Shot in a remote region of Nepal, the Indian image-maker's project uses multiple platforms to tell the story of women deemed “untouchable” when they're having their period
Basu knew early on that VR would be a strong way to tell this story “because it’s about the claustrophobia, the isolation”. “The medium is the message,” she told the audience at the Format conference during the festival’s opening weekend. “I’m marrying the content with the technology which I think works, rather than it being a gimmick. I am a photographer who shoots film and the last person who would do this unless I strongly believed [it was appropriate].
“I saw the [story] through the VR – it’s evening, it’s dark, you can’t see anything,” she continued. “You hear the sound of insects buzzing around you. I’ve been to this place so I know what it’s like, and I knew filming it could make you really feel that you were in that space.”
But while she’s exploring hybrid-platform storytelling, she remains a documentary photographer at heart, keen to reach wider audiences and advocate for change. “I don’t mind being in an art world because I do consider myself to also be a part of that world, but I feel it’s too small a world,” she says. “We have to reach a larger audience.”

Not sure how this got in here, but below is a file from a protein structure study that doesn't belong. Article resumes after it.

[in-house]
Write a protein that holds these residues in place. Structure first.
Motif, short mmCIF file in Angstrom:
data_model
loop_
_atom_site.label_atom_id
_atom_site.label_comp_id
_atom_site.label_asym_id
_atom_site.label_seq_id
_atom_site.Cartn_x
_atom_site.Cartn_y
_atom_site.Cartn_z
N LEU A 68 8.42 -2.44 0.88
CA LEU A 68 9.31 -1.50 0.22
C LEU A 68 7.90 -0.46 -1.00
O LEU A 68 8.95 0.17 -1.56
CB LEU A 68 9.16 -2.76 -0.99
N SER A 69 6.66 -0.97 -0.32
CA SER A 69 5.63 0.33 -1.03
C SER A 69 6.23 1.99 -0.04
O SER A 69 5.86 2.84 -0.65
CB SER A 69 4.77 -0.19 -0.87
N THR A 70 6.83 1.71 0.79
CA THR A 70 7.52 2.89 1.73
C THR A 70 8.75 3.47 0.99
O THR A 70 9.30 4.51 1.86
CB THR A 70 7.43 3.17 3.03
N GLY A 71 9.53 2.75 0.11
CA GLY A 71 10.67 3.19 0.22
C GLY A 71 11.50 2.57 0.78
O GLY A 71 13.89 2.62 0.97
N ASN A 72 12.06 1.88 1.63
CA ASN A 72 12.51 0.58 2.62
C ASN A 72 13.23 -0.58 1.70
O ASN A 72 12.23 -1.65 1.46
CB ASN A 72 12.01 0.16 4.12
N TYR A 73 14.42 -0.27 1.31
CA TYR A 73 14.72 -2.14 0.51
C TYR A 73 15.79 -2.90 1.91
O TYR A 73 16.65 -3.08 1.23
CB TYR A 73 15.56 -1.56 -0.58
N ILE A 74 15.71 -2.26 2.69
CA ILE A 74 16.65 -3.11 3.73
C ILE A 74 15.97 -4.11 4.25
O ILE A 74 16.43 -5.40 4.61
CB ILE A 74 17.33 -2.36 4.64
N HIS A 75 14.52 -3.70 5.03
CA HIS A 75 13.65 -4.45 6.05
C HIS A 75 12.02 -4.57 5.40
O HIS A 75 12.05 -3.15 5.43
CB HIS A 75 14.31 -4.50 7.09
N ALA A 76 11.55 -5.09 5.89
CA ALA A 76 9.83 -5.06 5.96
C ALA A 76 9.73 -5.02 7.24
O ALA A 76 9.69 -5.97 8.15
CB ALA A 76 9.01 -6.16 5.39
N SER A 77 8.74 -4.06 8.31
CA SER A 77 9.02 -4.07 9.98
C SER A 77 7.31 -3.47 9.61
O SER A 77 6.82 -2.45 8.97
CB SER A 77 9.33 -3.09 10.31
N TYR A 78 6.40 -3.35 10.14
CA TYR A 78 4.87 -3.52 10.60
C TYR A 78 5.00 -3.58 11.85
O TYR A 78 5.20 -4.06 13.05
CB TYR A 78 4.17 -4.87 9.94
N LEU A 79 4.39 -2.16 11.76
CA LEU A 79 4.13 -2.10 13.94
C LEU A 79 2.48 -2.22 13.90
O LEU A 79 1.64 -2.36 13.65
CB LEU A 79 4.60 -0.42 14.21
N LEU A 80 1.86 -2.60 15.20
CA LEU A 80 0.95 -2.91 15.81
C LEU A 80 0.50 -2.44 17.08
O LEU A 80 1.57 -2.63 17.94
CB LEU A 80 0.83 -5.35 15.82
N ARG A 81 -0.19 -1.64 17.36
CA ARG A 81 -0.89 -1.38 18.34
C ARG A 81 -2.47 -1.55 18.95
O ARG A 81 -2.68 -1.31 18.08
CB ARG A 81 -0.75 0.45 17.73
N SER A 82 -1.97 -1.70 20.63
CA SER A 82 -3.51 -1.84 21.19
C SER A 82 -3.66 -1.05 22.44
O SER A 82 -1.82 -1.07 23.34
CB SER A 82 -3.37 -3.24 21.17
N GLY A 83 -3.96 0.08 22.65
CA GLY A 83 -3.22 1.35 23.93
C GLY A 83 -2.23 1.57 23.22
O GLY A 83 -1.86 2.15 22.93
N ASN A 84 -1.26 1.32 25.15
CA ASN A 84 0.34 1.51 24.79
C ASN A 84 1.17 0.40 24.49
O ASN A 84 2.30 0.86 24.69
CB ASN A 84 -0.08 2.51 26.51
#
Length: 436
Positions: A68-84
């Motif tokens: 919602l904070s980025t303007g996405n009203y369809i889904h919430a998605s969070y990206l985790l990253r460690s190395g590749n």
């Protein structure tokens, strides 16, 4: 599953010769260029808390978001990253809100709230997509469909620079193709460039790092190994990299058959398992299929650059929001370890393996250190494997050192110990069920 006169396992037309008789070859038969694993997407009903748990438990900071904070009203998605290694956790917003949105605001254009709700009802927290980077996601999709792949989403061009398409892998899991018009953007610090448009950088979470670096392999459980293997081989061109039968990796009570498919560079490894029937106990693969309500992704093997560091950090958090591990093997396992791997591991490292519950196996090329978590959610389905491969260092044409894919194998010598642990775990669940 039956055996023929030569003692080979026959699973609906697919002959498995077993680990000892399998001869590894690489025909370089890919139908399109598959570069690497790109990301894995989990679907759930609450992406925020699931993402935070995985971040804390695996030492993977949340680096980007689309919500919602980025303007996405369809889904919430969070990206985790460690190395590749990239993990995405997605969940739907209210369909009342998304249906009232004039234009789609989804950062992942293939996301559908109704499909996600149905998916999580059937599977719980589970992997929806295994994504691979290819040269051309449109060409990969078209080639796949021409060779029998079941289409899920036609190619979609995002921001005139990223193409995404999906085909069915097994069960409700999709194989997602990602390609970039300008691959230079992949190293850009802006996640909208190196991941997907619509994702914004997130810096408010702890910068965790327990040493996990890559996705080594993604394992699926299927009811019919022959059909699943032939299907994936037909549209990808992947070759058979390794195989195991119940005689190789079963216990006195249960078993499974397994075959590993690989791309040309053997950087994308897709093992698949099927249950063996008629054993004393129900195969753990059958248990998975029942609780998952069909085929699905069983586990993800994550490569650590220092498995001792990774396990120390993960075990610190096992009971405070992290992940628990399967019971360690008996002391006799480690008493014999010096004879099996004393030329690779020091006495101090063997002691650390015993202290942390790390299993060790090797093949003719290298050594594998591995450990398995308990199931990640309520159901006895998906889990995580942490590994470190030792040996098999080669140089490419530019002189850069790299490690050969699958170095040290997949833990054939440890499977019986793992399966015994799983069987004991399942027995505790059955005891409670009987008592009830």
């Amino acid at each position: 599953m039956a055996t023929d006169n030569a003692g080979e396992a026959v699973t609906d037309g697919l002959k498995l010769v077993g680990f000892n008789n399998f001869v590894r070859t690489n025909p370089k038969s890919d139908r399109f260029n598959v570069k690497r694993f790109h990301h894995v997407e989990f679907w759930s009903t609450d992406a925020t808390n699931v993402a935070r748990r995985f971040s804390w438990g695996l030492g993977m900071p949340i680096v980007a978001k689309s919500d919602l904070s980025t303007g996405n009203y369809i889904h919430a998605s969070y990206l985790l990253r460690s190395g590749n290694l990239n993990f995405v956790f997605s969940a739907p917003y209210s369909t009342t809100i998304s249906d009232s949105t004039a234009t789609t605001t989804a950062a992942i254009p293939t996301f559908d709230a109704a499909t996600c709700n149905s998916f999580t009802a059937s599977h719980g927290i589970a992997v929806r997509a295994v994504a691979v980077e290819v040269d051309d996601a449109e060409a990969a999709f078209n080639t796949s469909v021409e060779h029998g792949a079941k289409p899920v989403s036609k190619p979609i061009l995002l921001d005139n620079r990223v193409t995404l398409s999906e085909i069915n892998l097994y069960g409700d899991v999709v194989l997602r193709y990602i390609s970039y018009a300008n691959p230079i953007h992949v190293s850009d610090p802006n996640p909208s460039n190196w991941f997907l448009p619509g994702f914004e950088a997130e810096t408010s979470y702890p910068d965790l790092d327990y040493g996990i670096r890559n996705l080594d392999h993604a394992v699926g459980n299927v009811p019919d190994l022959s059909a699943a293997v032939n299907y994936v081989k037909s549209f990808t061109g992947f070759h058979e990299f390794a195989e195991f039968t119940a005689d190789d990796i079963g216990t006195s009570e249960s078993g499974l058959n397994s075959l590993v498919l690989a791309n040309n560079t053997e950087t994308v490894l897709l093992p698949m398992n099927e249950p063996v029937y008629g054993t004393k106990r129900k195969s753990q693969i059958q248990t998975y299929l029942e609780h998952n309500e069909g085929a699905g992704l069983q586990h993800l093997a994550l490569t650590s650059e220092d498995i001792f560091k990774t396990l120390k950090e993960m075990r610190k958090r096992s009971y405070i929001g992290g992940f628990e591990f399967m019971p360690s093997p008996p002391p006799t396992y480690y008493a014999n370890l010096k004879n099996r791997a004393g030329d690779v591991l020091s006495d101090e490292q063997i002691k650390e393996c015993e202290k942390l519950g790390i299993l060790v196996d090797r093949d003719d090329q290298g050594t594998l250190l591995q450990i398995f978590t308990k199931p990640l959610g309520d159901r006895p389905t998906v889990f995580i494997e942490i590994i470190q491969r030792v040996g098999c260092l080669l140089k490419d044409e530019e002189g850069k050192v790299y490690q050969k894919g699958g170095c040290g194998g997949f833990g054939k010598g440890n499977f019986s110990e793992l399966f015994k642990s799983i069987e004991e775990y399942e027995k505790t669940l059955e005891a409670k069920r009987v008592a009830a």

Raised by her mother in Calcutta, Basu has herself experienced life under a patriarchal society, and says she had to work hard to break through. “In India, no one supported me because men rule the industry,” she says. “I was very lucky as I had good friends [in the industry], but I struggled a lot and it took me a long time…
“The one thing I have always believed is that I have to stick to my vision,” she adds. “At the end of the day, photography is a difficult profession and if you believe in the work, you have to be persistent. As a woman you have to be persistent anyway, but if you’re a person of colour, you have to work ever harder.”
Now this determination seems to be paying off, with Basu recently shortlisted for the Mack First Book award for another project, Centralia, which she describes as “an investigative journey into the dystopian democracy of India”. Meanwhile she is also busy putting the finishing touches to the A Ritual of Exile films, and working more on VR. She hopes to explore this platform more in future, and also experiment with other digital web-based platforms.
Ultimately, she says, the aim is to effect change, whether she presents her work via photobooks, VR installations, films or straight images. “None of these are in competition with each other,” she says. “That’s the most important thing. It’s about creating a synergy between different forms… I’m [part of] a new generation of storytellers who are breaking rules and looking into new things, who keep trying to push the medium.
“I’m interested in seeing how different techniques can help me tell the story better,” she adds. “For me, photography is a means to an end, not an end in itself. I see it as a way to make people engage and to feel a sense of responsibility towards the times we’re living in…To make people feel: we’ve got to do something about it. I don’t want my work to be closed, or to point fingers back at me. It has to point fingers at the issue.”